The quiet achiever – tourism

Tourism is a quiet but significant achiever in New Zealand, with numbers and generated income reaching record levels.

Radio NZ: Migration, tourism raise economic hopes

The economy has accelerated following a lacklustre first half of the year, when lower dairy prices cast a pall over growth.

Two of the mainstays of growth – net migration and tourism – hit fresh all-time highs last month.

Fewer departures and more arrivals fuelled the sixteenth successive month of record annual net migration gains to 63,700 people, while swelling numbers of Chinese travellers boosted visitor numbers to 3.09 million.

Tourism New Zealand: Bumper start to the summer season for tourism industry

The tourism industry is gearing up for its biggest summer yet after another significant month of growth – international arrivals were up 11.1 per cent for the month of November.

Figures released today by Statistics New Zealand show total international arrivals up 8.9 per cent and holiday arrivals up 13.4 per cent for the full year ending November.

They are significant increases in a year.

Tourism New Zealand Chief Executive Kevin Bowler says all signs point towards another record summer season for the industry.

“The last 12 months have delivered our biggest tourism results on record with arrivals and spend both hitting new highs.

Growth from a variety of markets (arrival figures for the full year to November):

  • China up 39.9%
  • Australia up 6.4%
  • Indonesia up 11.7%
  • India up 22.8%
  • Brazil up 3.6%
  • Germany up 11.1%
  • US up 12.4%
  • UK up 9.5%

Shortage of accommodation and shortage of trained workers are becoming issues. It’s difficult for tourism companies to keep up with this level of growth.

A solid economy is helping grow business like tourism.

One could wonder whether the Minister of Tourism does things other than goof around on radio stations.

John Key and Bill English will look with some satisfaction at the positives.

It’s perhaps significant that the person supposedly being groomed for leadership of National, Paula Bennett, is Associate Minister of both Finance and Tourism.

Clayton Cosgrove is Labour’s spokesperson for tourism. He has been all but invisible this year, but has just recently taken over the Tourism responsibilities from Peeni Henare, who was given the role as a new MP last year.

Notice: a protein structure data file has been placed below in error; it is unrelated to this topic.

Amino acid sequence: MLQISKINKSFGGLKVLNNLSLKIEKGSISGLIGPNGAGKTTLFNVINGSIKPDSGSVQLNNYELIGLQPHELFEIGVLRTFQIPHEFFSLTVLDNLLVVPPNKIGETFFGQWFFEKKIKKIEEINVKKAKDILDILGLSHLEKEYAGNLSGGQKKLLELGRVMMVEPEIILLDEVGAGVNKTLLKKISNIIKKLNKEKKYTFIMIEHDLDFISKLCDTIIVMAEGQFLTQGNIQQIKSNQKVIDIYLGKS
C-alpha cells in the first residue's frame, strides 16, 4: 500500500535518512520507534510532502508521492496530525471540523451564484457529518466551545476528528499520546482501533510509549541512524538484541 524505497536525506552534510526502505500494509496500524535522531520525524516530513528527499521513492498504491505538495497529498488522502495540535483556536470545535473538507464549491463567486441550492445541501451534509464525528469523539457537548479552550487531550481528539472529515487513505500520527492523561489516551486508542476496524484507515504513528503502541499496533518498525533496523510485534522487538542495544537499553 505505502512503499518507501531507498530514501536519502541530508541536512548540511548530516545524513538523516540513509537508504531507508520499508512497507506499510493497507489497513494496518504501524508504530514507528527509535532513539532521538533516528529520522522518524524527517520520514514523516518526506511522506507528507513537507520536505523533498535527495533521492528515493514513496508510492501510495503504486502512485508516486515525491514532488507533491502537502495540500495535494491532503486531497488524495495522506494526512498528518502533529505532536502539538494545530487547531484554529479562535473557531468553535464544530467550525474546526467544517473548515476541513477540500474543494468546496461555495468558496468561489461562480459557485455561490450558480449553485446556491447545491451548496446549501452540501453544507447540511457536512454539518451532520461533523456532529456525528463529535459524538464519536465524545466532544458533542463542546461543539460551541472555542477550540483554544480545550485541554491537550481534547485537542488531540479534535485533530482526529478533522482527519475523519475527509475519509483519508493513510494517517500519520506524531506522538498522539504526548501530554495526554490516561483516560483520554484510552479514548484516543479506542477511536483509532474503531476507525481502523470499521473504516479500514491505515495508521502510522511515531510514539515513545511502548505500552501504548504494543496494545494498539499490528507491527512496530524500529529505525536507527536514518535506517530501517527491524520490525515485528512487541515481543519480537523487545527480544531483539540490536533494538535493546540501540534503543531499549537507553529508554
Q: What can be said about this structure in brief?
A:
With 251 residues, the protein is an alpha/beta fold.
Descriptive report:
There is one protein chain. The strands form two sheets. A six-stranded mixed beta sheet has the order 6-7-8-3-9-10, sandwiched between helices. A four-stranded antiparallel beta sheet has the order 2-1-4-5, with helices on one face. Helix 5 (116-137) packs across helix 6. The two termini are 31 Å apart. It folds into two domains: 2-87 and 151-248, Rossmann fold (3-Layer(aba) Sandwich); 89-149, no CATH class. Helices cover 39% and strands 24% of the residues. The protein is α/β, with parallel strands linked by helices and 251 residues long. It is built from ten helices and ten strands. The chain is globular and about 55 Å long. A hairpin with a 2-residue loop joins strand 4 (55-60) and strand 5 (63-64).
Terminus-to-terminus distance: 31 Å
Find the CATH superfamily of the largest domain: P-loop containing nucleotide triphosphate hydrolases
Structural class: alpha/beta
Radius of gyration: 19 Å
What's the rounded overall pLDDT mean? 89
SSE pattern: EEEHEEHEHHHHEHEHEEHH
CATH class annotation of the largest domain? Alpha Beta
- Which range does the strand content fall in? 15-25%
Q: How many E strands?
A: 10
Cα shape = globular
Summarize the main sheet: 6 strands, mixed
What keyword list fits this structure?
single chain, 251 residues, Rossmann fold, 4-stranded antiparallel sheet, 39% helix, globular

Labour seem to put a much lower priority on Tourism. Neither Henare nor Cosgrove have issued any press releases on tourism this year.

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10 Comments

  1. Brown

     /  23rd December 2015

    I wonder how much is due to the perception we are a safe destination? That could change in an instant of course.

    Reply
  2. David

     /  23rd December 2015

    Labour need to keep tourism low down in priority or else they run the danger of saying something positive about something.
    There are some incredible numbers coming through but I wish they would put in the Milford Sound rail thing and build that West Coast road. NZ is hellishly difficult to get around compared to other countries.

    Reply
    • Mefrostate

       /  23rd December 2015

      I worked on the Fiordland monorail. Sadly, with the passing of Bob Robertson, it’s unlikely to ever proceed.

      Reply
  3. We bought a house in Matamata (aka Hobbiton) a few months ago with the intention of running a B&B. Buyer beware and all that but anytime we saw the house was on a weekend with not many truckls on the road. Sweet Jesus! it’s 24/7 and we couldn’t ask anyone to pay money to sleep here. How is arguably one of the best known destinations in NZ not worthy of a bypass? We’re told the amount of traffic doesn’t warrant it but that would be from people who don’t live here.

    The town is inundated with tourists who could easily make it a base to travel around the Cooromandel, Bay of Plenty etc but they take their lives in their hands just trying to cross the main street in the town!

    I suppose the Minister for Tourism will take the credit for the increase in figures – all care and no responsibility.

    Reply
  4. Tourism certainly appears to be a very attractive industry and this, consequently, very good news for the nation, but it’s only in the short-term, blinkered sense of orthodox economics.